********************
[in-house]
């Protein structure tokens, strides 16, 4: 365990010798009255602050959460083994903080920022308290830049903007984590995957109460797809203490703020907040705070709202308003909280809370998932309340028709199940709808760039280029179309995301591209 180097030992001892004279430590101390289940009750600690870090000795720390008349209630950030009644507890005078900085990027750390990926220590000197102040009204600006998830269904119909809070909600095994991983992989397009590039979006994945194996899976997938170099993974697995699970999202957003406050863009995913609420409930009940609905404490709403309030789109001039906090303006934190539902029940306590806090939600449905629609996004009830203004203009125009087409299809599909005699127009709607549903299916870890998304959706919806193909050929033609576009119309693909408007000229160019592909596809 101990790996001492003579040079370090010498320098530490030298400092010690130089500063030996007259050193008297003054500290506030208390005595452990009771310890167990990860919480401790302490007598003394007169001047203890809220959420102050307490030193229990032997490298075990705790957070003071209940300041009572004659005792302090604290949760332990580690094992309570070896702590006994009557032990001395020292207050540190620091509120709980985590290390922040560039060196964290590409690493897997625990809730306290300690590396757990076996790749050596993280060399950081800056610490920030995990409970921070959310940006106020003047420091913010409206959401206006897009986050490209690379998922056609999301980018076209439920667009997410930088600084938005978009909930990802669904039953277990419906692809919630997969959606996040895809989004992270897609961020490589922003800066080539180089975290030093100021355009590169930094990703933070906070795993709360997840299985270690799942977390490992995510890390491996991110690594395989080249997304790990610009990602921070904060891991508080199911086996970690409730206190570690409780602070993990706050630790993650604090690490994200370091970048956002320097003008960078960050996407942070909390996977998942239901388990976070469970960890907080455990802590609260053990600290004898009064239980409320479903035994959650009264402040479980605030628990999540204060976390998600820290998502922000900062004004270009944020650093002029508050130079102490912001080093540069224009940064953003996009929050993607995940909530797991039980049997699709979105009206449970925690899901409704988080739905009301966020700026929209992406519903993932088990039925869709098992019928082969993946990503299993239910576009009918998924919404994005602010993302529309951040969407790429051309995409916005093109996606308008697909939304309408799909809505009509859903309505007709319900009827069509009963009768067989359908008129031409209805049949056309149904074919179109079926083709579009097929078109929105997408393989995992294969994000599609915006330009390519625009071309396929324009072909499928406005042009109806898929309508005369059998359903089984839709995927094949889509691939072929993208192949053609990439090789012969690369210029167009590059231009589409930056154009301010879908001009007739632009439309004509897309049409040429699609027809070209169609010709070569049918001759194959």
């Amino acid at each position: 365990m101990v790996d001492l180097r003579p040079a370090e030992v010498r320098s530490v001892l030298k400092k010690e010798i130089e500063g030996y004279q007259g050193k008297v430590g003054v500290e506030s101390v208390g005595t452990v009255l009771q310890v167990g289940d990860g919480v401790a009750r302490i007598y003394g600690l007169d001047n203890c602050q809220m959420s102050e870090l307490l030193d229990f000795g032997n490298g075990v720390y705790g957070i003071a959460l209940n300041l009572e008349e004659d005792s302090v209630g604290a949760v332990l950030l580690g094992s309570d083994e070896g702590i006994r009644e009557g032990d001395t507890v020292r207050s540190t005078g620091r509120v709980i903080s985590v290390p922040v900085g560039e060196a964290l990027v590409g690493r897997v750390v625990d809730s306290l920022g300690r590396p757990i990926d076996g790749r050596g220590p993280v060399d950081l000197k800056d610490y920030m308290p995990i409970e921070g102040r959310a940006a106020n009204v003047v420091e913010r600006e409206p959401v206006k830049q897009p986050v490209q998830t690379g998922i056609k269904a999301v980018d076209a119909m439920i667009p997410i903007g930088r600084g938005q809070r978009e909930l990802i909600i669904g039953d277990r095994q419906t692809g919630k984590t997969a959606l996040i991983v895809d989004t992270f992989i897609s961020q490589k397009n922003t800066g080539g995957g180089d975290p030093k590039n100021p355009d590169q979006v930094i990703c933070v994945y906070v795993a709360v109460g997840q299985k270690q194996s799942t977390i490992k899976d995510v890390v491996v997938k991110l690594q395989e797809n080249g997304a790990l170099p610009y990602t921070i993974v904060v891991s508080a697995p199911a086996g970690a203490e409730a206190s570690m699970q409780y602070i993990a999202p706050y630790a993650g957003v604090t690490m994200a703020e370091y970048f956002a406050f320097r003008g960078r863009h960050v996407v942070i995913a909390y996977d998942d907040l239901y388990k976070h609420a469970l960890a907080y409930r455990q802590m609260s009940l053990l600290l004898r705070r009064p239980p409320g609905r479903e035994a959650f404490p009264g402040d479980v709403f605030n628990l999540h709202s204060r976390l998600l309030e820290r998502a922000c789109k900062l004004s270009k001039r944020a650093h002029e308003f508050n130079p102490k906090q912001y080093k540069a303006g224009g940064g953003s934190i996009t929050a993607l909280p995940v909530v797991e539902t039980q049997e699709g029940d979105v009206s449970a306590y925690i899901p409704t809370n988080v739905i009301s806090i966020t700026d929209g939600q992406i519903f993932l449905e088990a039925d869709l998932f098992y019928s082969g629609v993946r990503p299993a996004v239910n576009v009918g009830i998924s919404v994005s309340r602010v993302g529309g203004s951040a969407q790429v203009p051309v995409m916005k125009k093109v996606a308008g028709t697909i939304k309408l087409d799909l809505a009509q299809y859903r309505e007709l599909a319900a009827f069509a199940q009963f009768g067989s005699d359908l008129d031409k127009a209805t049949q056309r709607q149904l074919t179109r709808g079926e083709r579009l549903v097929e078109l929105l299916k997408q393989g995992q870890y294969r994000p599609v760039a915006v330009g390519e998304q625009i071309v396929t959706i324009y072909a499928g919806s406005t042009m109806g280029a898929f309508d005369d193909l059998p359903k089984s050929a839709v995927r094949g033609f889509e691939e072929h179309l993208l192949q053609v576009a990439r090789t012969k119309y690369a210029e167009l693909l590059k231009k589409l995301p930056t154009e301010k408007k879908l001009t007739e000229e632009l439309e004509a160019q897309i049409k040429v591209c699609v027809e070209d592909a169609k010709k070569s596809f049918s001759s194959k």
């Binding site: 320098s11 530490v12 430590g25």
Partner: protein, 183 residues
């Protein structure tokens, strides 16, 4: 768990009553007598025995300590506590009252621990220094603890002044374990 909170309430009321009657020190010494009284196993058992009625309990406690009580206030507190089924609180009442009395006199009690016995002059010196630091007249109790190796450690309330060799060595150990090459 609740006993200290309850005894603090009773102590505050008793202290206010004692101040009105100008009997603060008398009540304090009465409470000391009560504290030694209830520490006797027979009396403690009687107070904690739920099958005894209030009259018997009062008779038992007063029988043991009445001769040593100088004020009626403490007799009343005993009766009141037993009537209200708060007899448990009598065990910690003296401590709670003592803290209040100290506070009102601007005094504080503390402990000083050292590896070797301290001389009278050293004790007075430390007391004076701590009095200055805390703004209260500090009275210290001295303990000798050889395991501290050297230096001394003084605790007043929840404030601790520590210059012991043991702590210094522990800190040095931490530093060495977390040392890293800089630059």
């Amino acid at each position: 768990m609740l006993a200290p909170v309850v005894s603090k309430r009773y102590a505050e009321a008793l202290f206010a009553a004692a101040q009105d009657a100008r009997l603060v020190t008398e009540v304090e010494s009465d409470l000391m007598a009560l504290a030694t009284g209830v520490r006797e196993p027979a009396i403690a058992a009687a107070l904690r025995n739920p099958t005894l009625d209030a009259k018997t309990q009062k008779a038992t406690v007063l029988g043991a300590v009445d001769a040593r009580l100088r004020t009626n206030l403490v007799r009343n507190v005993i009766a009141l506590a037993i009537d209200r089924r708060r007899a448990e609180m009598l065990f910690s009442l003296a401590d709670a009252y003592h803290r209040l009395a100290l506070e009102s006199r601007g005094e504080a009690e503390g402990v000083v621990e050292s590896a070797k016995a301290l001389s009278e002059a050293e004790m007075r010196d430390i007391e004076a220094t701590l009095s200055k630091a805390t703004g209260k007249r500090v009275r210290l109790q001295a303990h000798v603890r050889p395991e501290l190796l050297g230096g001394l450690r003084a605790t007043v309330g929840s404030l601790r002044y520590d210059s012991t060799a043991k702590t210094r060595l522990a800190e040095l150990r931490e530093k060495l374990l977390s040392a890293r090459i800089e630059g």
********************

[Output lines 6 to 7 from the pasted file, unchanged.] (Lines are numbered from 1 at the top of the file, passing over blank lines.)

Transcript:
């Protein structure tokens, strides 16, 4: 768990009553007598025995300590506590009252621990220094603890002044374990 909170309430009321009657020190010494009284196993058992009625309990406690009580206030507190089924609180009442009395006199009690016995002059010196630091007249109790190796450690309330060799060595150990090459 609740006993200290309850005894603090009773102590505050008793202290206010004692101040009105100008009997603060008398009540304090009465409470000391009560504290030694209830520490006797027979009396403690009687107070904690739920099958005894209030009259018997009062008779038992007063029988043991009445001769040593100088004020009626403490007799009343005993009766009141037993009537209200708060007899448990009598065990910690003296401590709670003592803290209040100290506070009102601007005094504080503390402990000083050292590896070797301290001389009278050293004790007075430390007391004076701590009095200055805390703004209260500090009275210290001295303990000798050889395991501290050297230096001394003084605790007043929840404030601790520590210059012991043991702590210094522990800190040095931490530093060495977390040392890293800089630059």
């Amino acid at each position: 768990m609740l006993a200290p909170v309850v005894s603090k309430r009773y102590a505050e009321a008793l202290f206010a009553a004692a101040q009105d009657a100008r009997l603060v020190t008398e009540v304090e010494s009465d409470l000391m007598a009560l504290a030694t009284g209830v520490r006797e196993p027979a009396i403690a058992a009687a107070l904690r025995n739920p099958t005894l009625d209030a009259k018997t309990q009062k008779a038992t406690v007063l029988g043991a300590v009445d001769a040593r009580l100088r004020t009626n206030l403490v007799r009343n507190v005993i009766a009141l506590a037993i009537d209200r089924r708060r007899a448990e609180m009598l065990f910690s009442l003296a401590d709670a009252y003592h803290r209040l009395a100290l506070e009102s006199r601007g005094e504080a009690e503390g402990v000083v621990e050292s590896a070797k016995a301290l001389s009278e002059a050293e004790m007075r010196d430390i007391e004076a220094t701590l009095s200055k630091a805390t703004g209260k007249r500090v009275r210290l109790q001295a303990h000798v603890r050889p395991e501290l190796l050297g230096g001394l450690r003084a605790t007043v309330g929840s404030l601790r002044y520590d210059s012991t060799a043991k702590t210094r060595l522990a800190e040095l150990r931490e530093k060495l374990l977390s040392a890293r090459i800089e630059g």